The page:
In the midst of a global pandemic, many have turned to religion as a way to alleviate the worst effects of social isolation and seek hope. With temples and churches closed around the world, priests and pastors have successfully moved their services online, with their streams reaching thousands of believers and potentially revitalizing their faith during dark times.
In Brazil, as well as in other parts of the world, religious leaders are noting a growth in the audiences of their services, while singing priests, a very noticeable Brazilian phenomenon, have been successful in holding the faithful together.
Religious leaders have been investing in technology for quite some time, much of it centered on facial recognition—especially as a way to keep tabs on the faithful inside places of worship and ensure attendance and the paying of tithes—which has been instrumental in keeping the work of religious leaders alive during recent times of social isolation.
Not only do religious leaders notice a growth in the audience at religious services, but also those who now can attend multiple religious services and choose which ones their prefer the most.
In other parts of the world, such as U.S., online religious services also became an alternative during manded lockdowns. “I remember Bishop Barron articulating in no uncertain terms the necessity of evangelizing online,” says Rev. John LoCoco, from the Holy Family Catholic Community in Wisconsin. “The public square has moved almost entirely to the digital sphere and, as such, we have been tasked with bringing the Gospel to where the people are meeting.”
The phenomenon is also not restricted to a single religious denomination.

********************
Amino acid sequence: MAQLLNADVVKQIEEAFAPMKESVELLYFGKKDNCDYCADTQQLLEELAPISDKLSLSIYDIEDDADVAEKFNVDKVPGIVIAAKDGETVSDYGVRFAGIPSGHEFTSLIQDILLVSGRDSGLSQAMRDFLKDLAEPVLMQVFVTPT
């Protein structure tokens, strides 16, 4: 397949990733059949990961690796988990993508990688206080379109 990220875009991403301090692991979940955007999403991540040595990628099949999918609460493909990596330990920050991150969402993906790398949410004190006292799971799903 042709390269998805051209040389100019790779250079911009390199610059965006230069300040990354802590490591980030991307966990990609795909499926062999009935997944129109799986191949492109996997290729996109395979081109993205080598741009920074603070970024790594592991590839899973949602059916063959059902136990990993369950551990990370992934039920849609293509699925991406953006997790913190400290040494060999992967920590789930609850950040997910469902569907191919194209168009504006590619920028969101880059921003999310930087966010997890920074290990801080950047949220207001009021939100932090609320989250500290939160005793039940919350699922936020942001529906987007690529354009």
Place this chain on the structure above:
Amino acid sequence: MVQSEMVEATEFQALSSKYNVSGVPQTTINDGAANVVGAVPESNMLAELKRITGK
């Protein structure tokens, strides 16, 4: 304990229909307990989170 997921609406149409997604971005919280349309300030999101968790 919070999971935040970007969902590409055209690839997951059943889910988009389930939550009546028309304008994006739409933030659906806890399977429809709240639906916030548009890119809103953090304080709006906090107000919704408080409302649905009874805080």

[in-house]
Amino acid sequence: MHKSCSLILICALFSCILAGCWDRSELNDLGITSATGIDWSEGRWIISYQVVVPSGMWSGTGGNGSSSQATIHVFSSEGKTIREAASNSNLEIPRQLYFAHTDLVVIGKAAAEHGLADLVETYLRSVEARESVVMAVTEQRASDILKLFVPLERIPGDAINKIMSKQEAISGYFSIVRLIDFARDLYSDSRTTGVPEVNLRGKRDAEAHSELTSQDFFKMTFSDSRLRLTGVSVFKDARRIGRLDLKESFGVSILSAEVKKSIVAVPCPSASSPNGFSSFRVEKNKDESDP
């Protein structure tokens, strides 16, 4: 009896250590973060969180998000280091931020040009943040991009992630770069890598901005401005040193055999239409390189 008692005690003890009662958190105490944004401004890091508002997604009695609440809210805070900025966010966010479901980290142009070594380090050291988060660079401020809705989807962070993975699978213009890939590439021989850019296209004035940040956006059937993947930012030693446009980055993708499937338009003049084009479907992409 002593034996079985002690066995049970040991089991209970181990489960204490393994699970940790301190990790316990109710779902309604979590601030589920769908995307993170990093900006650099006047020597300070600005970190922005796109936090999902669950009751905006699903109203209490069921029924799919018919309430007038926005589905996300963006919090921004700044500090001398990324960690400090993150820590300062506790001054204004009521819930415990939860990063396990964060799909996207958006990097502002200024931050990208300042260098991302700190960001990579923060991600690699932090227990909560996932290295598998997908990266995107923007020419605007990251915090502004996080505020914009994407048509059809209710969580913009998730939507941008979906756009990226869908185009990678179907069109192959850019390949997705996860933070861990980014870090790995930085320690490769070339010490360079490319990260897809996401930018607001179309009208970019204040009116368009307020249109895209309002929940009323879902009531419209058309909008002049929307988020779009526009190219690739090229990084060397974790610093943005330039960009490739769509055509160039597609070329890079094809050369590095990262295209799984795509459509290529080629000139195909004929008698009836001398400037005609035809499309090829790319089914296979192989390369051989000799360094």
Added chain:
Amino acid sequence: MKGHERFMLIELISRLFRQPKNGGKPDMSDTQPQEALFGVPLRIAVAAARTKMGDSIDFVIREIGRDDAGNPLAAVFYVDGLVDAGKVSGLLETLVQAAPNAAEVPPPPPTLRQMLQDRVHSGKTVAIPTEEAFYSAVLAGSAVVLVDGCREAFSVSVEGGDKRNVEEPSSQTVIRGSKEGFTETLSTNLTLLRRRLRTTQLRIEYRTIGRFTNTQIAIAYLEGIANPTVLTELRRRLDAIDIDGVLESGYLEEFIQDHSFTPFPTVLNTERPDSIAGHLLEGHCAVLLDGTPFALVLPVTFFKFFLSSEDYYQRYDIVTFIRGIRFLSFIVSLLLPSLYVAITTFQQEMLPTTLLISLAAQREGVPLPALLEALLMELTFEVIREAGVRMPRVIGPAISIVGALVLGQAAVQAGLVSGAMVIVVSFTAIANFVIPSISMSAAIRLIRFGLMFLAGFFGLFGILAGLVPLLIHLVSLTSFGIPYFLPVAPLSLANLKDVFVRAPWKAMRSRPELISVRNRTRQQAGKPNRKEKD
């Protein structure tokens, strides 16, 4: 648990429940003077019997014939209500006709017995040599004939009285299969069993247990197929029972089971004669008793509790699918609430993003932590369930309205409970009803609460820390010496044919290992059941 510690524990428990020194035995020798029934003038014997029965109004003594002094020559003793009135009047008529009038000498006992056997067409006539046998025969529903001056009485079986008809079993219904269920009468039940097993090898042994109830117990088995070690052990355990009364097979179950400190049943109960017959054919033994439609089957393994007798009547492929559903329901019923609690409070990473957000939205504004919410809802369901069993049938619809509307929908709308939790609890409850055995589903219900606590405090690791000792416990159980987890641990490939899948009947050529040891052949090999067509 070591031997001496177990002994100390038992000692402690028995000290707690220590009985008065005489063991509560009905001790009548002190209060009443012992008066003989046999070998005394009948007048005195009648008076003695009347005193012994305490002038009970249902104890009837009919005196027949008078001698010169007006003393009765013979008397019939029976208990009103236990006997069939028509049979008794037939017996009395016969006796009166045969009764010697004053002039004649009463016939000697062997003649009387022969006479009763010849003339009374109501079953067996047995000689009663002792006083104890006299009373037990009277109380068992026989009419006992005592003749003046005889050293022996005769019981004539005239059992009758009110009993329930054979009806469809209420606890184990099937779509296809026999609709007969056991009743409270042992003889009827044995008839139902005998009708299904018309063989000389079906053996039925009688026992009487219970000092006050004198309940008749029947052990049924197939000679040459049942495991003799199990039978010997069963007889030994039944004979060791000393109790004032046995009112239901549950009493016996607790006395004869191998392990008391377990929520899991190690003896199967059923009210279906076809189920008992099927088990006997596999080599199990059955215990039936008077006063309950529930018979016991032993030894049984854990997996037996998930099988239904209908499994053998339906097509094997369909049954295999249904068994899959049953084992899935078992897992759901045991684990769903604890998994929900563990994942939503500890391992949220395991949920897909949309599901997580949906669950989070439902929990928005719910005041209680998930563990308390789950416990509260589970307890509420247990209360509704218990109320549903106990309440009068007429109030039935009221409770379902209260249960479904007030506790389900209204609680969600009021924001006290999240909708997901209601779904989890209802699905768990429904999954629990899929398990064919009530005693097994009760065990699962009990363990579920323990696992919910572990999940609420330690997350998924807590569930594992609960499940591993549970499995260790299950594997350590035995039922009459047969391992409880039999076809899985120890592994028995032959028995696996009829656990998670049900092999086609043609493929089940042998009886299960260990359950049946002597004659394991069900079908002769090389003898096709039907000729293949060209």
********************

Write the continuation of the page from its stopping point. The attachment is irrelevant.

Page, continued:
Latino Rebels spoke with priests, pastors, and a leader of Umbanda, a Brazilian religion that synthesizes various elements of Christianity and African religions, to understand the changes brought about by the immediate need to conduct services online.
“Several churches already used different platforms such as YouTube and Instagram, including live services and celebrations,” says Ricardo Gondim, pastor of the Bethesta Church in Brazil. “The task of broadcasting, editing, etc., was usually delegated to people in the community who were more familiar with the use of these platforms (but) COVID-19 forced the leaders themselves to learn how to use apps such as Zoom.”
Father Elias Cagnoni, leader of the Umbanda temple Aldeia da Mata in São Paulo, is one of such leaders who had to learn new skills in order to reach his flock. “It was never my intention to be a YouTuber, but because of the temple and the present situation, I must,” he explains. I’m a layman in technology, but I’ve learned that we really need these tools.”
Father Elias has performed spiritual works that are streamed on the internet every week, both through YouTube and Zoom, where he also attends to the faithful and can even talk to those who have never physically attended his temple. No wonder he claims he will continue to use the internet and the tools he has learned to handle in the future—despite the obvious shortcomings, such as the lack of contact and the modification of rituals.